Diane Paparo Studio Ltd.
Long before “Buy Local” was the bumper sticker phrase of the new century, the founder of Diane Paparo Associates Ltd. (dpa) was supporting local suppliers. Diane sourced furniture from the workshops of craftspeople in Brooklyn and New Jersey, locations close to her Manhattan offices. She even began her foray into the custom rug industry by making rugs in New Jersey. However, for Diane, buying local and American wasn’t about nationalism. It was about supporting communities and “doing what benefits everyone,” she says. When she decided she wanted to create handmade rugs and take her production to Nepal, she explains, “I knew I could rely on GoodWeave® to confirm that my rugs would be made without child labor and in a way that benefited the weavers’ community.”
Diane, who comes from a small, hardscrabble community in rural Pennsylvania, attributes her values to her waitress mom, truck driver dad and an inspiring up-by-her-bootstraps backstory. She tells of lying about her age when she was 11 to get her first job cleaning houses, helping her brother with his paper route, and working her way through college. Through it all, she showed a love of design and a fascination with color, light and perspective. That she is still fascinated with those elements is apparent in Caelum. The subtly shaded, hand knotted wool and silk piece changes color as the eye moves from one end to the other. “Lotus Silk,” a wool and silk carpet, experiments with the juxtaposition of organic and geometric images as well as the interplay of cutpile and loop. “The design seems as if it is floating,” Diane says with obvious delight.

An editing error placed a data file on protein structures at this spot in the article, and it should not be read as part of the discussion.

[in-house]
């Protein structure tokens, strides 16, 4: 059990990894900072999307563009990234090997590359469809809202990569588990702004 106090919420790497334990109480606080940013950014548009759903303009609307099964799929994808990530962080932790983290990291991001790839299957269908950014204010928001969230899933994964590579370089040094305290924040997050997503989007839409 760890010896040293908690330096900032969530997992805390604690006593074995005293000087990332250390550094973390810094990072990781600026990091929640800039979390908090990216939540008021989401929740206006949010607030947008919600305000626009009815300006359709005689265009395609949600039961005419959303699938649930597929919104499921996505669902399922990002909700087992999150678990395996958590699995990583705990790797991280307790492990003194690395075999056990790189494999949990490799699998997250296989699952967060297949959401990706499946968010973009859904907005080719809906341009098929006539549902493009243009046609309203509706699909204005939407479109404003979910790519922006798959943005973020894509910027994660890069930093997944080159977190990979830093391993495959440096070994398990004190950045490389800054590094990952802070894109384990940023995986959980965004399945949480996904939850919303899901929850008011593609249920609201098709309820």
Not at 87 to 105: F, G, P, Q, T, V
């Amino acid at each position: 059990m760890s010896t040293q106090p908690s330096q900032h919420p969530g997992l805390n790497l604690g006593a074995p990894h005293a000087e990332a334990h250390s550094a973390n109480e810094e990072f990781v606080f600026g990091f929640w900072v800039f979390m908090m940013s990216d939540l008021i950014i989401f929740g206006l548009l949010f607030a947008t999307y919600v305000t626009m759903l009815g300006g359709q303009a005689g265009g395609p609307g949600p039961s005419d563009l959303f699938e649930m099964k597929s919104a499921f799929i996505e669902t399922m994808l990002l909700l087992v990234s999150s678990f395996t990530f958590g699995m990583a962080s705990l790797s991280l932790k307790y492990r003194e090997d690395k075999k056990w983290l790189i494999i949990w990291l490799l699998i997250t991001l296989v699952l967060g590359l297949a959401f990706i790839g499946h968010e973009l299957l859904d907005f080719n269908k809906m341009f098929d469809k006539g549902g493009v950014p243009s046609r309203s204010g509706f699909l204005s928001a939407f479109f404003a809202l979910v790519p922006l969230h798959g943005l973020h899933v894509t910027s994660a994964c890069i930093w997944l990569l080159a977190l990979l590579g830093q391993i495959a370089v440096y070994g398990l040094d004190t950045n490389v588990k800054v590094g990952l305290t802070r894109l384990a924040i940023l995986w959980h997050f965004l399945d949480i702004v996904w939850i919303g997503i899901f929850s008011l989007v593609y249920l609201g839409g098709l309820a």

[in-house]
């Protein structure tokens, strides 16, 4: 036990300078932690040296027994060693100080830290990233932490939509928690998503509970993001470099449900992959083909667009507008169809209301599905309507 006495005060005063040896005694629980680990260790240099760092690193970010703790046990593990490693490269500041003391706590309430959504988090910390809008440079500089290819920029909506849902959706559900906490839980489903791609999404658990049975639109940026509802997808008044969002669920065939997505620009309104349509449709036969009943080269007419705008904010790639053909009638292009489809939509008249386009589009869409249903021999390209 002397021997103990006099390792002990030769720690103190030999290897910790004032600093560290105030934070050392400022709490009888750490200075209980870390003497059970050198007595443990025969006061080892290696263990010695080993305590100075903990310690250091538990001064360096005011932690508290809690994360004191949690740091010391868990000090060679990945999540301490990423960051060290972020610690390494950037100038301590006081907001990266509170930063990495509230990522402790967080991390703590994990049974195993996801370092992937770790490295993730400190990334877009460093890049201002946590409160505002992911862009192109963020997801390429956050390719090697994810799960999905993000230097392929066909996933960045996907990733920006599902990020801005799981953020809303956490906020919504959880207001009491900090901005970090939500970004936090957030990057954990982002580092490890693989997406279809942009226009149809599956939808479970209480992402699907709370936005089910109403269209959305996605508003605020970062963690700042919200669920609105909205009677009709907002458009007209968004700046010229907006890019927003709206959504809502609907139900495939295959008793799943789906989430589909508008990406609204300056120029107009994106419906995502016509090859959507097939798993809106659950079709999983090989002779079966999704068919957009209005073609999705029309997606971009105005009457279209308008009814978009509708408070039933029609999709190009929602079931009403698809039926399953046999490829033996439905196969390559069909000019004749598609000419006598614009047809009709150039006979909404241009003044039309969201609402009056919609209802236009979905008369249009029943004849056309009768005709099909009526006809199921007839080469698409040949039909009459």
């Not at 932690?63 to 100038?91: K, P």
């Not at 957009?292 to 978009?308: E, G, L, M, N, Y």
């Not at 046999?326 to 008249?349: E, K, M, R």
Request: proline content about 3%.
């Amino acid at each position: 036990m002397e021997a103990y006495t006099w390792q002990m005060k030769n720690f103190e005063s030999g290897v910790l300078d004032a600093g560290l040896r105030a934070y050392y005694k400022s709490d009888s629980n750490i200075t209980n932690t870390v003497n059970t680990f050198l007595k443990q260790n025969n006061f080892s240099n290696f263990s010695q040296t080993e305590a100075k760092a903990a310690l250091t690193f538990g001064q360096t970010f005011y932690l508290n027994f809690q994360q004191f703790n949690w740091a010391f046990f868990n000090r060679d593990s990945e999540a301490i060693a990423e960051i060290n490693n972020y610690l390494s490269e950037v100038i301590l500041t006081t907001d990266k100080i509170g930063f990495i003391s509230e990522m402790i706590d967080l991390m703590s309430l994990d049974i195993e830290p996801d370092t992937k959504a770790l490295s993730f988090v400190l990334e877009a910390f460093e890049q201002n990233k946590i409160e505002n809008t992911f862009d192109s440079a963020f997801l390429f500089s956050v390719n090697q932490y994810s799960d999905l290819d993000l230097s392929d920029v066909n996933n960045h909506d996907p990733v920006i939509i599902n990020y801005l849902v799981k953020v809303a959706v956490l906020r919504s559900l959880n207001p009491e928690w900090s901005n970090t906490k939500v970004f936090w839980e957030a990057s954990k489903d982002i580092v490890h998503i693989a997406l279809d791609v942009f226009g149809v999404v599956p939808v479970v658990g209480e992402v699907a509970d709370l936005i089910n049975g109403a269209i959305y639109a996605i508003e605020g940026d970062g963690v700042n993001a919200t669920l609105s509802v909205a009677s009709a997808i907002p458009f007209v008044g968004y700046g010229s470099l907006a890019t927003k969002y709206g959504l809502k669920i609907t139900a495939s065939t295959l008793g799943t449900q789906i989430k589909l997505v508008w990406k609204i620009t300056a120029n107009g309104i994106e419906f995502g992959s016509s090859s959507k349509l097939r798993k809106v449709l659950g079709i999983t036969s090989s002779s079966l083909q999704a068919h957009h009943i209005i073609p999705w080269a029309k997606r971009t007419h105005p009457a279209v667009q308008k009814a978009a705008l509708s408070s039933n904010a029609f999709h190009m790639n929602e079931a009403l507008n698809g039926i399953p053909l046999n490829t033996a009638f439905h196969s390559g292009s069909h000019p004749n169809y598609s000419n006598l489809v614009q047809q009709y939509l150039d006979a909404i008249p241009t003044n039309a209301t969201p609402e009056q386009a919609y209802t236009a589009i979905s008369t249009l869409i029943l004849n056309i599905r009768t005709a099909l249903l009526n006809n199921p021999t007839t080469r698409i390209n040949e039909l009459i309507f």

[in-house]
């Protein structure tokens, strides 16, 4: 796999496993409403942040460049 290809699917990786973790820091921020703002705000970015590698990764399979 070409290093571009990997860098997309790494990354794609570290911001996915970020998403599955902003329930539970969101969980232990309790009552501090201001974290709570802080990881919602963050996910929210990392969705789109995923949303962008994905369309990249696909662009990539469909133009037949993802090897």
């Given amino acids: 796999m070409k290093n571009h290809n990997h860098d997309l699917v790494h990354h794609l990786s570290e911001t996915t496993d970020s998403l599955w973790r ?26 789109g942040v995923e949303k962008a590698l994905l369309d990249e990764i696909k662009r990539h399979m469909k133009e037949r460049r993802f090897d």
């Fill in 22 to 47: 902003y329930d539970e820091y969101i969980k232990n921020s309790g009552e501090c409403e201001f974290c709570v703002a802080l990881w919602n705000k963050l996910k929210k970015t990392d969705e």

Given her extensive and impressive client list, she isn’t the only one who is delighted. Diane says her rugs, inspired by the mixing of natural images with almost mathematical shapes and forms, appeal to a Pacific Rim sensibility. However, she has a thoroughly urban point of view, acknowledging that her compulsive sketching even takes place on her New York subway commute. The enormous joy she gets from the artistic work itself, she says, is matched only by the satisfaction she receives from being able to help small communities in Nepal sustain themselves. “It’s a giveback,” Diane concludes. “It’s as simple as that.”
To learn more, visit www.dpstudiousa.com.